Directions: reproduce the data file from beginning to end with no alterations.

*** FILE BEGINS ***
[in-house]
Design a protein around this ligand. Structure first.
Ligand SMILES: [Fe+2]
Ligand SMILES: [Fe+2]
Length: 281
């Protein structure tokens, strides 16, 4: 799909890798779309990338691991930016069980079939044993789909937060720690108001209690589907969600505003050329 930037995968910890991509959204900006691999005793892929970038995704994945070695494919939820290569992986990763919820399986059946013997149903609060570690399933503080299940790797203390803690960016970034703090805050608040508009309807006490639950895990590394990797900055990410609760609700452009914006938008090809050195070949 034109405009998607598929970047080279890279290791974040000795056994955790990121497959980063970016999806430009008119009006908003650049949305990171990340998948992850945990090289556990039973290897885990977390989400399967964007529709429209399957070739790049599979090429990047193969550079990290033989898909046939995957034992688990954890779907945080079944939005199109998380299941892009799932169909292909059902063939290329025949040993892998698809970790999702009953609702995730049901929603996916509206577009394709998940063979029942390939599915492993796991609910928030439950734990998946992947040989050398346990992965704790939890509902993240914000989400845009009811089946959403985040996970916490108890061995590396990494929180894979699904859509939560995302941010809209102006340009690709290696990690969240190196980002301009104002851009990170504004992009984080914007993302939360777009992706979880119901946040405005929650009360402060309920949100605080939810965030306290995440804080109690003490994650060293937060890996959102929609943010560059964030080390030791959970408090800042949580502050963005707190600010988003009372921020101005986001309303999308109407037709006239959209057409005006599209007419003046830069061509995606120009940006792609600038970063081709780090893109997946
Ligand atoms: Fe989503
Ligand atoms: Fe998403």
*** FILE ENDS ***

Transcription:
[in-house]
Design a protein around this ligand. Structure first.
Ligand SMILES: [Fe+2]
Ligand SMILES: [Fe+2]
Length: 281
């Protein structure tokens, strides 16, 4: 799909890798779309990338691991930016069980079939044993789909937060720690108001209690589907969600505003050329 930037995968910890991509959204900006691999005793892929970038995704994945070695494919939820290569992986990763919820399986059946013997149903609060570690399933503080299940790797203390803690960016970034703090805050608040508009309807006490639950895990590394990797900055990410609760609700452009914006938008090809050195070949 034109405009998607598929970047080279890279290791974040000795056994955790990121497959980063970016999806430009008119009006908003650049949305990171990340998948992850945990090289556990039973290897885990977390989400399967964007529709429209399957070739790049599979090429990047193969550079990290033989898909046939995957034992688990954890779907945080079944939005199109998380299941892009799932169909292909059902063939290329025949040993892998698809970790999702009953609702995730049901929603996916509206577009394709998940063979029942390939599915492993796991609910928030439950734990998946992947040989050398346990992965704790939890509902993240914000989400845009009811089946959403985040996970916490108890061995590396990494929180894979699904859509939560995302941010809209102006340009690709290696990690969240190196980002301009104002851009990170504004992009984080914007993302939360777009992706979880119901946040405005929650009360402060309920949100605080939810965030306290995440804080109690003490994650060293937060890996959102929609943010560059964030080390030791959970408090800042949580502050963005707190600010988003009372921020101005986001309303999308109407037709006239959209057409005006599209007419003046830069061509995606120009940006792609600038970063081709780090893109997946
Ligand atoms: Fe989503
Ligand atoms: Fe998403």